I pundit that Martin's notwithstanding idea backfired. Listening to CKNW this morning, it was clear that it wasn't a popular idea. I did not hear one person come out and outright support it. In fact, many undecided voters swung to the Tories over it. It is surely a wedge issue. A wedge issue that backfired I reckon. People saw it for what it was - a desperate "hail mary" as I (and Peter Mansbridge) had called it.
There are conflicting ideas about how this would work.
1. Andrew Coyne suggests this: "In fact, I've argued for much the same thing: let the federal government formally forswear its use, and challenge the provinces to do likewise -- by moral example, rather than constitutional amendment"
What is the point? You can invoke s.33 of the Charter by majority vote, and easily overturn the formal forswearing with a simple vote. Both carry political consequences - what makes anyone think that a formal forswearing will add much to the weight? The fact is, such an act is not entrenched. It would be like asking future governments to ensure a formal act that the Prime Minister appoint elected senators. It is useless.
2. Official Liberal plan:
“I would like to ask Mr. Harper if he would join with me in supporting a constitutional amendment to remove the federal government's ability to use the notwithstanding to overturn the Supreme Court of Canada and take away Charter rights,” the Prime Minister said."
The provinces would still have to agree to this. They won't. The Liberals can say this all they want: "The Prime Minister’s proposal would amend the clause to deny Parliament this power while leaving the ability of provincial legislatures to invoke the clause unaffected." But amending the Charter still requires provincial support. I can't see them being impressed.
Further, even die-hard Martiniac partisan Jason Cherniak doesn't like it. Talk about abandoning your bread and butter base.
UPDATE - Monte Solberg's take on the notwithstanding ban:
I think Paul thought that the notwithstanding thing was supposed to be the big Hail Mary pass but instead of throwing it into the end zone he threw it into the concession stand. Didn't he say he would use it to protect religious freedom if the Supremes went ga ga. So which way is it Paul?
Mark Steyn does it again:
Been following the Canadian election campaign? Whoa, come back, no need to stampede for the exits screaming in terror. The Canuck angle is just an opening sentence: if I'm still yakking on about swing voters in Yellowknife and turnout in Moose Jaw at the foot of the page, feel free to turn over to our exclusive excerpt from The Boris Johnson Illustrated Guide to Lesbian Movies.
But here's my point: right now the polls in Her Majesty's snowbound dominion show the Conservatives are ahead and poised to topple the incumbent Liberals on January 23. And what's the name of the glamorous metrosexual matinee idol who has brought the Canadian Tories to the brink of electoral triumph?
Well, he's a guy called Stephen Harper and he's widely agreed by all the experts to have "negative charisma". Think how you felt about my opening sentence and then multiply it a thousandfold. Mr Harper is unexciting even by Canadian standards! He's unflashy, unflamboyant, unshowy, unspectacular, unmodish, uncool - except in the sense that the Yukon in January is cool. He is, in other words, the anti-Cameron. And he's on course to win.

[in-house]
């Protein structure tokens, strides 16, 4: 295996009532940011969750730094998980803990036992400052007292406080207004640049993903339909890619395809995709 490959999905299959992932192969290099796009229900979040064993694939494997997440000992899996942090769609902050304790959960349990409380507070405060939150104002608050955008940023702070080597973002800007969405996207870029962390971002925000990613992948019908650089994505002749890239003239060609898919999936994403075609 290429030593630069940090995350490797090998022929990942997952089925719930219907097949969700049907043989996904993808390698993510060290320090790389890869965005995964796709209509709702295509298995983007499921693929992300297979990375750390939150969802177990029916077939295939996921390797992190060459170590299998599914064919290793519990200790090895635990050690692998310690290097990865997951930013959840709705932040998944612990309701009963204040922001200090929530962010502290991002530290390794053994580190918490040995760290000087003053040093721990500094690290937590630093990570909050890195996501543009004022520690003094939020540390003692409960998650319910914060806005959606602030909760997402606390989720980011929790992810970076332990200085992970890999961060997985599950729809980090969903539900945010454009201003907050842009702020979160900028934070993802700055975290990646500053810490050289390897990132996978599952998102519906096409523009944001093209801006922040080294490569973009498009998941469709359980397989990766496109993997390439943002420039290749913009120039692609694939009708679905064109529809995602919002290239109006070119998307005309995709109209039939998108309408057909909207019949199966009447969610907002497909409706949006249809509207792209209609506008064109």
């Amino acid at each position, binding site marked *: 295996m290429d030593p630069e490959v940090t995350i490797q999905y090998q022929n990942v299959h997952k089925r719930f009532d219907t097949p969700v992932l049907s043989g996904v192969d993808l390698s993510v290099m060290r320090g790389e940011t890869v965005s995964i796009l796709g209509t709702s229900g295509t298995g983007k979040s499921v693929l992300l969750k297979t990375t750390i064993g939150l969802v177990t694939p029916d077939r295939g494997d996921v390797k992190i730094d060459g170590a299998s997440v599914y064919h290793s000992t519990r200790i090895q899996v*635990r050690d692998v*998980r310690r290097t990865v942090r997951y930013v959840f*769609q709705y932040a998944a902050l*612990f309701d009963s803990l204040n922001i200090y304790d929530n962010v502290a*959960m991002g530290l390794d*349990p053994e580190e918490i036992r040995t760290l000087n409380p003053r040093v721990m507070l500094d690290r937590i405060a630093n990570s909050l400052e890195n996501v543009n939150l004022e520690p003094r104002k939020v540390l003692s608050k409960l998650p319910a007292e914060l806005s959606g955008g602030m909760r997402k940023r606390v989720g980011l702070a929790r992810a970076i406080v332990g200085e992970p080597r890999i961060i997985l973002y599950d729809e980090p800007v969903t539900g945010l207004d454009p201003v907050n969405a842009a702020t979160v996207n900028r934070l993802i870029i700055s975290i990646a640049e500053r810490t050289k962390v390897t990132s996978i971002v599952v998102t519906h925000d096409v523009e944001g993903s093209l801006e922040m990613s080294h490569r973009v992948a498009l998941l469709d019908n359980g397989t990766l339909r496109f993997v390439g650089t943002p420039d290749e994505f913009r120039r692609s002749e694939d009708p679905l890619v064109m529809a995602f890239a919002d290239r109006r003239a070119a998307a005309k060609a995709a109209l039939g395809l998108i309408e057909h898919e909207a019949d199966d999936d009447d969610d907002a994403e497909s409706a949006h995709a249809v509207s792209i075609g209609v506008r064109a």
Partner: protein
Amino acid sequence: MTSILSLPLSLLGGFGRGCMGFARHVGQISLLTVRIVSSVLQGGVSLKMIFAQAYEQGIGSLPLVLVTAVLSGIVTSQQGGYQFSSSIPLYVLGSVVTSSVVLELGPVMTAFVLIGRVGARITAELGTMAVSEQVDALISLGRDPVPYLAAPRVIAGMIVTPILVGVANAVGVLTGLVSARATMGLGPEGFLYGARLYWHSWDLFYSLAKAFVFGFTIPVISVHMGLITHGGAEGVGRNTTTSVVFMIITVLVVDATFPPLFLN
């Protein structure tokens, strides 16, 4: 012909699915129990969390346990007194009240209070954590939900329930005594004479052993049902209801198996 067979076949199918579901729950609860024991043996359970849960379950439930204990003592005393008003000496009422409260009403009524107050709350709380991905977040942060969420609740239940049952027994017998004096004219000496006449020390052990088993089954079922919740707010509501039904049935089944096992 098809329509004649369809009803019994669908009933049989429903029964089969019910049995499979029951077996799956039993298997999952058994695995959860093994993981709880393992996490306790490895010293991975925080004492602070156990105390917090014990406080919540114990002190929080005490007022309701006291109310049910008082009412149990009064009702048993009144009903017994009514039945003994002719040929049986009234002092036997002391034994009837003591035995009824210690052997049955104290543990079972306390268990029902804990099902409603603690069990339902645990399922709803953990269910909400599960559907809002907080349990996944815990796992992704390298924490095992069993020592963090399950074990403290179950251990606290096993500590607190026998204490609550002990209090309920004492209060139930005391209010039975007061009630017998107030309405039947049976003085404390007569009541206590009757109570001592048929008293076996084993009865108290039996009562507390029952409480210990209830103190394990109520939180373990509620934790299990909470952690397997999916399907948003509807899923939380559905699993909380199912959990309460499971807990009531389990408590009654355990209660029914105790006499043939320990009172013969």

"Following stories Sunday in the Star and the Toronto Sun about Harper hinting at a majority, right-wing blogs were abuzz with dark — and unsubstantiated — suggestions of a mainstream media conspiracy to stall the Tories' momentum."For the Toronto Star to say this is especially amusing. This coming from a paper who yesterday headlined "Harper musing about majority" when Stephen Harper never mused about a majority at all. Yes, the right wing blogs are full of conspiracy. And the newspapers keep feeding it to them.
My responsibility as Prime Minister, my duty to Canada and to Canadians, is to defend the Charter in its entirety. Not to pick and choose the rights that our laws shall protect and those that are to be ignored. Not to decree those who shall be equal and those who shall not. My duty is to protect the Charter, as some in this House will not.Sounds like this whole s.33 scrapping plan is an excercise in "pick and choose."
Prime Minister Paul Martin says he would use the Constitution's notwithstanding clause if the Supreme Court rules that churches must perform gay marriages. "Oh, yes I would," Martin said Thursday on CBC Radio when asked whether he would use the clause.So, Martin is the only one to promise to use the notwithstanding clause out of Harper and himself, but he is now not in favour of it, hoping that Canadians will feel injustice enough to block Harper. Sounds like a hail mary to me. In fact, the notwithstanding clause is what made the Charter even possible. The provinces would not even have signed on without legislative supremacy over the Courts. Martin is free to try to amend the Constitution. But good luck. I can't name a province outside of Ontario that would seriously consider such a move.
-- CanWest News, Monday, January 12, 2004
But the major thing is what precipitated this move. It was same-sex marriage. It is simply unbelievable. I mean, the Liberals want to put the onus on people jailed for gun possession (which violates the Charter) but want to also fiercely protect the rights of couples to marry each other.
I don't know about you, but I tend to believe that "innocent until proven guilty" (onus on the Crown) is a much more important and ingrained historical right than same-sex marriage. And to think that this same-sex marriage debate is fueling the fire to get rid of the notwithstanding clause....simply unbelievable. I mean, I would have expected a gross abuse of s.33 to occur before such a proposition was made. But that hasn't happened. Parliament has been very responsible about this, because of the implications it has politically.